THE PARTING GLASS

By John Steele


The first time I knowingly kissed a Roman Catholic I was 20 years old.

It was at university up on the North Antrim Coast, a bleak and wind-calloused knuckle on the north east corner of Ireland. She was from Andersonstown in West Belfast, diametrically opposed in more ways than one from my home in Orangefield, East Belfast. Now here I was in the Dublin House Bar on Upper 79th and Broadway, talking to Kerry from Washington DC about big, bad Belfast in 1995. Kerry was fourth generation Irish American Catholic, which is to say she was about as Irish as a Big Mac. But she was pretty, and she looked vaguely like a young Famke Janssen. She loved my accent. No, she’d never been to the homeland but granddaddy visited back in the Twenties. Kerry’s daddy hated the English for all the atrocities and persecution they’d inflicted on dear old Ireland and, as it turned out, he really hated Protestants too. I thought discretion was the better part of valour on this one.

‘Alright Sam? We'll move on now, yeah?’

Donal had stayed at the same backpackers’ hostel as me before I got a place in Greenwich Village.

‘Donal, this is Kerry. Kerry, this is Donal, from Dublin,’ I said.

‘Alright Kerry? Are you coming with Sam and us?’

Fourth generation Kerry’s face lit up as she heard the Dublin brogue and the name attached.

‘Thank God, you’re really Irish!’

‘Really Irish?’ asked Donal.

I flinched.

Donal scowled. ‘Ah, go and fuck yourself.’ He shot me a broad smile, ‘C’mon, big man.’

Kerry stared as all the hate and bile Daddy had been feeding her was kicked in the teeth and out the door by Donal’s size nines followed by Donal and I, arms locked around shoulders.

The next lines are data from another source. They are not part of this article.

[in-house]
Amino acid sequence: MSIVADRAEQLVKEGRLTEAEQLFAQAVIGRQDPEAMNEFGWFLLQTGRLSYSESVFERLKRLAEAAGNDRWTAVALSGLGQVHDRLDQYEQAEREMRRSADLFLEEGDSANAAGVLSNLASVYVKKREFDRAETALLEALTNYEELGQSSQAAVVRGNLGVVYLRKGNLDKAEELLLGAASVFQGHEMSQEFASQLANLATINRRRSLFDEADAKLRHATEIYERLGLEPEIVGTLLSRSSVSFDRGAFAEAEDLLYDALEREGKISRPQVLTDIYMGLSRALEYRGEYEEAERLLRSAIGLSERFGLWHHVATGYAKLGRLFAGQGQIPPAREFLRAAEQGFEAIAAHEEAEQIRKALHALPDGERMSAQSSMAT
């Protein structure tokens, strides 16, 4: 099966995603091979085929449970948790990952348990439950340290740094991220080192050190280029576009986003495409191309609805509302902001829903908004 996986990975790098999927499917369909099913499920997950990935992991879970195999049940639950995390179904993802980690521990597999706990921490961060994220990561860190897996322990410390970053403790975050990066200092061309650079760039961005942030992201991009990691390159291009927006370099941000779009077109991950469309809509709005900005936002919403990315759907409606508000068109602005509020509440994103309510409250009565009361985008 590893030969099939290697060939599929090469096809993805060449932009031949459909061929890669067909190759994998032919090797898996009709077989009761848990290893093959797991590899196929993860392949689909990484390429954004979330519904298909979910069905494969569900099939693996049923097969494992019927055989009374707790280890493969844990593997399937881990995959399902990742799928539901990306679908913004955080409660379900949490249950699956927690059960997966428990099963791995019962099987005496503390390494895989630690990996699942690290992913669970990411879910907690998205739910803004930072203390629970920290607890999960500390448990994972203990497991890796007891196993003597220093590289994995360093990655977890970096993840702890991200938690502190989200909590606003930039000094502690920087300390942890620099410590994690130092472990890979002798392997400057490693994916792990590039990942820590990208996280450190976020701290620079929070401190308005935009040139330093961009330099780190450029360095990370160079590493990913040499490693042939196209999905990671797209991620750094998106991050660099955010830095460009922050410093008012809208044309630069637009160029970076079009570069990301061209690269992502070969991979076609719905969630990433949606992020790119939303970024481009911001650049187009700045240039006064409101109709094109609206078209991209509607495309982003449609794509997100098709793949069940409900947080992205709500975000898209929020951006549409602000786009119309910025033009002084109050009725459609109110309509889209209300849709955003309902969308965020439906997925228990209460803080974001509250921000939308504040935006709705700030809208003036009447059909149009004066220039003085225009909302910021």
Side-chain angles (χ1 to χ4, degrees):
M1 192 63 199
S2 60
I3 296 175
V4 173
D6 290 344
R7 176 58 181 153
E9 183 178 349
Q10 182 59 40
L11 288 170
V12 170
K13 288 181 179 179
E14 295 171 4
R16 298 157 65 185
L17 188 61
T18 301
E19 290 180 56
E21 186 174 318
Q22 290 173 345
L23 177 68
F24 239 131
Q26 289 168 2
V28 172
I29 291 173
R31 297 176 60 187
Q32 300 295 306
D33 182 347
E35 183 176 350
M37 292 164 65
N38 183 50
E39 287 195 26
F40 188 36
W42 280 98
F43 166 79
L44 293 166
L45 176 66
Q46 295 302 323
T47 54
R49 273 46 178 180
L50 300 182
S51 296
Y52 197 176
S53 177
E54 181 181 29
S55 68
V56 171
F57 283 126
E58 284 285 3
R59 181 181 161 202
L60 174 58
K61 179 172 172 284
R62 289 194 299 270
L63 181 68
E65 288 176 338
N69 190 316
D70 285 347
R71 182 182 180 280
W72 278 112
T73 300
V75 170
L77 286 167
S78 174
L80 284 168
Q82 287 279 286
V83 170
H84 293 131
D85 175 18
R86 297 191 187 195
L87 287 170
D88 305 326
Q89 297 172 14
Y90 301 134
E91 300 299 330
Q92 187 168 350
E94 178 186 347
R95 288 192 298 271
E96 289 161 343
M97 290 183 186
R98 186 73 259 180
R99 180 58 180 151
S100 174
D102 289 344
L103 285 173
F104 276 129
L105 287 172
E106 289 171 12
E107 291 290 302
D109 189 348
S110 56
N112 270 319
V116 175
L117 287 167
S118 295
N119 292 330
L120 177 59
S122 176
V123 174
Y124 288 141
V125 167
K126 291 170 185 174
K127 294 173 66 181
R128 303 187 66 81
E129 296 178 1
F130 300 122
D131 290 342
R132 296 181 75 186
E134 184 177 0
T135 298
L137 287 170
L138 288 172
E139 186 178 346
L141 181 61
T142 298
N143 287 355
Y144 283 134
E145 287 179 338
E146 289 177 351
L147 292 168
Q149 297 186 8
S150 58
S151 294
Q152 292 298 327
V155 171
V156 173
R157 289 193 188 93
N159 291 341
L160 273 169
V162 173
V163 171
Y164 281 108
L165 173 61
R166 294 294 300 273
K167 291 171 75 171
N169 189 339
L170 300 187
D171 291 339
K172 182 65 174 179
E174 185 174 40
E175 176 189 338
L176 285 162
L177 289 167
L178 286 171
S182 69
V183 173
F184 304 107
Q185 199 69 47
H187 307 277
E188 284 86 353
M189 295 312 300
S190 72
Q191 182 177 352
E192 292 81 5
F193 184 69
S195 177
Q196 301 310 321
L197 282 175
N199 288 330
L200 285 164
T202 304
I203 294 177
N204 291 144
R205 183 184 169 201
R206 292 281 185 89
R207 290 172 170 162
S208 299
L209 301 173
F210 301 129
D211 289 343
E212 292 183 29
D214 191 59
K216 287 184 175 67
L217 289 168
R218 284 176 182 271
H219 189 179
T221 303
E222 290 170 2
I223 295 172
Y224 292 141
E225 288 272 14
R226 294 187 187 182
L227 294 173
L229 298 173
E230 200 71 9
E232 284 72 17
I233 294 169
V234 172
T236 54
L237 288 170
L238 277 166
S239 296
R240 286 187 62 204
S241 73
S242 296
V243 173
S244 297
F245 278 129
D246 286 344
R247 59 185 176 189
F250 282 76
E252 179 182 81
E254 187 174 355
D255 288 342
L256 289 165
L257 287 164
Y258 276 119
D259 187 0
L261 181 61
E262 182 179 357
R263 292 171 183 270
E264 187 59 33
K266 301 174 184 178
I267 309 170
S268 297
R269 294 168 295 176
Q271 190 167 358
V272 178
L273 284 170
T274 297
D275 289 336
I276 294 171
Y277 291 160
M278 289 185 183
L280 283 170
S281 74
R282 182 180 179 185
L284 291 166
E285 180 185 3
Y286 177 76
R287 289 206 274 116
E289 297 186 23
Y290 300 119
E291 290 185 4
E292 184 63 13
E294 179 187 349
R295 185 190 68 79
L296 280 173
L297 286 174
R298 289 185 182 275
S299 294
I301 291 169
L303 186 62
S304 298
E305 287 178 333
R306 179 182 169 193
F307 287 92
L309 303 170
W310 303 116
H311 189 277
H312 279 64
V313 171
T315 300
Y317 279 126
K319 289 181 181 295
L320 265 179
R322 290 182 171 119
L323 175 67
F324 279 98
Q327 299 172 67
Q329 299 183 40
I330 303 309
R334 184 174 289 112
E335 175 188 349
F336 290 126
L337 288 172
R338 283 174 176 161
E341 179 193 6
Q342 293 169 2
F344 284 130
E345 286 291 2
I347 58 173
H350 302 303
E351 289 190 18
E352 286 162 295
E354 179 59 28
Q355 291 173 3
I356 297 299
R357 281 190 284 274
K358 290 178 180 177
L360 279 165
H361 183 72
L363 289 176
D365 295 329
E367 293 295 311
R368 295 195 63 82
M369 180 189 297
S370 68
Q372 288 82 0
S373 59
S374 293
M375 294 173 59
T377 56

At that moment, I envied Donal. I envied his confidence, his natural conviction in his identity or nationality. He was what all these Yanks – shite, all the Brits – expected an Irishman to be. Lucky bastard.

 

* * *


I stepped outside, feeling the drink more now that I was up and off the barstool. We started with four that night: Donal, Dram, Hugh and me. Dram was a quiet and hard-working Glaswegian. Hugh was ex-British army: Royal Irish Rangers. Since getting out when the regiment was rebranded in 1992 he’d been working his way around the world. He was a hard bastard. He was also from East Belfast, which was enough common ground in his eyes to bond us in booze, craic and brotherhood. Dram, Hugh and myself were sharing an apartment in Greenwich Village after meeting up while working illegally at a moving company on the Upper West Side. Donal was still staying at a grimy backpackers’ hostel on the Upper West Side.

The Dublin House had been a stop-off on the way to Tailor’s Bar and Saloon in the Garment District. They had an all-you-can-drink deal on piss-weak American lager until 2am on Tuesdays down there so, three hours after slapping the first bills on the counter in the Dublin House, Hugh bellowed, ‘Let's go, for fuck’s sake!’

And we did.

 

* * *